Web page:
Under pressure: Ravens defense swarms Cardinals in 30-27 win

October 30, 2011 | Luke Jones

BALTIMORE — While most attention fell directly on the shoulders of a Baltimore offense that couldn’t get out of its own way in the first half and couldn’t be stopped in the final 30 minutes, the 30-27 comeback victory over Arizona wouldn’t have been possible without a swarming defensive effort by the Ravens to earn the greatest comeback in franchise history.

After two turnovers and a special teams score essentially gift-wrapped 21 points to the Cardinals in the second quarter, the Baltimore defense buckled down after intermission, allowing a mere 56 total yards and minus-1 passing yards as Arizona quarterback Kevin Kolb had no answers for the pass rush. The Ravens finished the day with a season-high six sacks, including two from third-year linebacker Paul Kruger and one from Terrell Suggs, who also led the team with 13 tackles.

It continued an early-season trend of tremendous pressure and stellar defense in support of a maddeningly-inconsistent Ravens offense. Without it, the Ravens’ 24-point explosion in the second half may have been all for naught.

Five players collected sacks, giving the Ravens 25 through the first seven games of the season under new, aggressive defense coordinator Chuck Pagano. It’s a stark contrast to a year ago when the Baltimore defense produced a franchise-low 27 under former coordinator Greg Mattison.

“It was like we all had a knack to do it,” Suggs said. “The game that those guys were having, I was really flattered to be their teammate. I thought to myself, we can be special, we can be a special group. I think it’s like a confidence thing.”

That confidence didn’t waver despite just six points from the offense in the first half. Instead of buckling under the pressure of an 18-point deficit and taking unnecessary chances, the Ravens allowed only one second-half drive that was greater than 13 yards, a 38-yard, penalty-aided march that resulted in a 45-yard field goal by Jay Feely in the fourth quarter.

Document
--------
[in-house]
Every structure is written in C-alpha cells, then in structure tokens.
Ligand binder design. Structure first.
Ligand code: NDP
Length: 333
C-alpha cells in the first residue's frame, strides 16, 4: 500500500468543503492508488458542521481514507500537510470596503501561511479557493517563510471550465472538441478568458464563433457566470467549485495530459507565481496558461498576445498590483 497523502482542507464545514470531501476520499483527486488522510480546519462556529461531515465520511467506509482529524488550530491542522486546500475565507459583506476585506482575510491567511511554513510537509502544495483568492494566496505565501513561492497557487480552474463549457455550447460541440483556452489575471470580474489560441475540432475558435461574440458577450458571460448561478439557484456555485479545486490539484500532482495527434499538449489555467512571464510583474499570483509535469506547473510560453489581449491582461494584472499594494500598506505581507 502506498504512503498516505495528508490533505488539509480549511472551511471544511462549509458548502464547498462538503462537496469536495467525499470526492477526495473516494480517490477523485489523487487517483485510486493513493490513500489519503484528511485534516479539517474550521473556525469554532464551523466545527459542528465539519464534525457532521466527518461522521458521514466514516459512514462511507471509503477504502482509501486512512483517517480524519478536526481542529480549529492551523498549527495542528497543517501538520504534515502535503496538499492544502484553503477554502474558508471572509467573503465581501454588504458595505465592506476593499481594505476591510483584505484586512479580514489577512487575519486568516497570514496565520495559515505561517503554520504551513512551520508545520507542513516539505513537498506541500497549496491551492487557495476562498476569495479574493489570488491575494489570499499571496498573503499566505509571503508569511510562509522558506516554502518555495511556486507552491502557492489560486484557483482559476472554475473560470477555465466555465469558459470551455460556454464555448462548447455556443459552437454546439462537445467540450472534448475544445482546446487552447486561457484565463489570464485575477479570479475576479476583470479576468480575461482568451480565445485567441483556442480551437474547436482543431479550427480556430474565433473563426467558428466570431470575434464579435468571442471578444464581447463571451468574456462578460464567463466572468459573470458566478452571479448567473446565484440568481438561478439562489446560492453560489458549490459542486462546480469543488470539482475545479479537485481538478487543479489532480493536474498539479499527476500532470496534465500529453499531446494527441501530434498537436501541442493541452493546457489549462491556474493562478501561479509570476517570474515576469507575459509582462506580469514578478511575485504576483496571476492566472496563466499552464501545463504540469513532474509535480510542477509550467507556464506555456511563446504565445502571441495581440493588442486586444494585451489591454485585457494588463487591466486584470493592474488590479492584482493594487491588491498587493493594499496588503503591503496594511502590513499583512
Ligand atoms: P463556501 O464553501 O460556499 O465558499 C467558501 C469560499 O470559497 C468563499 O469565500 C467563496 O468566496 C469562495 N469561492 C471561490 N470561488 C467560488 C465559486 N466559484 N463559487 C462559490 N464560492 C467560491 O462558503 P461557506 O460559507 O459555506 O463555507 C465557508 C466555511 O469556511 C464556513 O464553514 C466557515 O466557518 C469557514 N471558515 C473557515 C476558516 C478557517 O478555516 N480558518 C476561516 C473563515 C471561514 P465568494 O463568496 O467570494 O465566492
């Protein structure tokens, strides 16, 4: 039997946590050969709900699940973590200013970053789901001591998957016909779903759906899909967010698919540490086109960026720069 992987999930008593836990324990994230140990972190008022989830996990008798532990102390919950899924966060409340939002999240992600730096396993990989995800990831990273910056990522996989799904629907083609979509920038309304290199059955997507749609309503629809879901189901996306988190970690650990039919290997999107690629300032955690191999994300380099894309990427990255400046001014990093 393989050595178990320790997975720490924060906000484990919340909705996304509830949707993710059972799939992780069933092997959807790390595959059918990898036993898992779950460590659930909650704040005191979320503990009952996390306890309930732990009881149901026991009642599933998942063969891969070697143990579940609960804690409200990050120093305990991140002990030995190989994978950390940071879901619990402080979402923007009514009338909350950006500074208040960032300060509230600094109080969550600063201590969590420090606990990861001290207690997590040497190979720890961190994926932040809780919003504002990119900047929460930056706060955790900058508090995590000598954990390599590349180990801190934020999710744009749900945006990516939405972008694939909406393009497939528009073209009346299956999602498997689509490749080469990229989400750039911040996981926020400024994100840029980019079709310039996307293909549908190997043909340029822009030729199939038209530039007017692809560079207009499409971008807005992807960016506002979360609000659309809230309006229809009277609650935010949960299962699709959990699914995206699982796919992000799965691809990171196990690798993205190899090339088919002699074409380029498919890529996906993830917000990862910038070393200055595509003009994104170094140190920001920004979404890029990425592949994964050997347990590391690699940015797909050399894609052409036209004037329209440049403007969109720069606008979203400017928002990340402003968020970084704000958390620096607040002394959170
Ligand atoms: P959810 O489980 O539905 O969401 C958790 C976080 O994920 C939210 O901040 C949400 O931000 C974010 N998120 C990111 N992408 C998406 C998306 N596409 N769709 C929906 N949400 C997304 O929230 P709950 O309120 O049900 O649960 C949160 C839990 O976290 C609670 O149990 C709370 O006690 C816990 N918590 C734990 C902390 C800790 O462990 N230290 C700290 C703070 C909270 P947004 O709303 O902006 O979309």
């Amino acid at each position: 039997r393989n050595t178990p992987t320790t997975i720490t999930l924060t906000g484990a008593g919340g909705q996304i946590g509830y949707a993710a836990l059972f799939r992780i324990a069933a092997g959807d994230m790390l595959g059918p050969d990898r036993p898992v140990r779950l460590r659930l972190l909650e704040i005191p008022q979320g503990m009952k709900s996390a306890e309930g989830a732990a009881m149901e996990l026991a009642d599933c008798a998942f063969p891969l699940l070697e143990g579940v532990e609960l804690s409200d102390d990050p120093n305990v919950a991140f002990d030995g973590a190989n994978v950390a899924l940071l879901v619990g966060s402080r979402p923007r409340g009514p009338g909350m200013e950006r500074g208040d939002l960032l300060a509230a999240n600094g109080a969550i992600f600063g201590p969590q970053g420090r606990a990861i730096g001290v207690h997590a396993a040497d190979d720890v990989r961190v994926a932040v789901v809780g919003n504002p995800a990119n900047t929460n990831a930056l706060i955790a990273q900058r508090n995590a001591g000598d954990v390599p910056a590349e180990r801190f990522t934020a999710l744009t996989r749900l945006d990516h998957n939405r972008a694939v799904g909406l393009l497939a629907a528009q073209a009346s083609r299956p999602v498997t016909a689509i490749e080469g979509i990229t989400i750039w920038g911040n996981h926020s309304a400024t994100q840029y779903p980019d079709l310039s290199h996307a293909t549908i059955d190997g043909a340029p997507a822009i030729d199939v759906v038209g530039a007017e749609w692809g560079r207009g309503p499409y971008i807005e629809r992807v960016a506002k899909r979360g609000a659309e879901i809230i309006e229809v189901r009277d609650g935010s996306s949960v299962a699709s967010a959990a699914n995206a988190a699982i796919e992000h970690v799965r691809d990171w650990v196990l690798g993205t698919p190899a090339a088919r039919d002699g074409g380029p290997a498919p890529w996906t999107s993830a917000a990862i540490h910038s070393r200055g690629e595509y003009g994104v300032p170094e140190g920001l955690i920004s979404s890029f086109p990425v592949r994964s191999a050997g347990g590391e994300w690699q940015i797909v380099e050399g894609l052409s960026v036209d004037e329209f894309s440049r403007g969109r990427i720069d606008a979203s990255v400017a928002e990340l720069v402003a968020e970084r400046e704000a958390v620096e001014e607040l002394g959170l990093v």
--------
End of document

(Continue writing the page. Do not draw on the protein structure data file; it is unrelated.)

“Second half, what we did when we came out is we played Ravens-style football,” linebacker Ray Lewis said. “The offense got back to doing what they do. Joe [Flacco] threw the ball very efficiently. [Anquan Boldin] had a great day, and Ray [Rice] was Ray, and all the different pieces. I think, defensively, you go from the first half to the second half, I think we just turned our level up just a little bit. First half, they didn’t have that many plays on us, but they had enough to gain that lead. I just think overall as a team, we came out and did some great things.”

New offensive identity?

With the Ravens shifting to a no-huddle, shotgun attack for most of the second half, they produced 24 points and 249 yards of total offense after being held to six points and 156 yards in the first two quarters.

The Baltimore offense’s longest drive of the second half was only 3:12 despite scoring four times on their way to the comeback victory. Joe Flacco threw for 238 yards in the second half on his way to finishing the game with career highs in attempts (51) and completions (31) and his seventh career 300-yard passing game.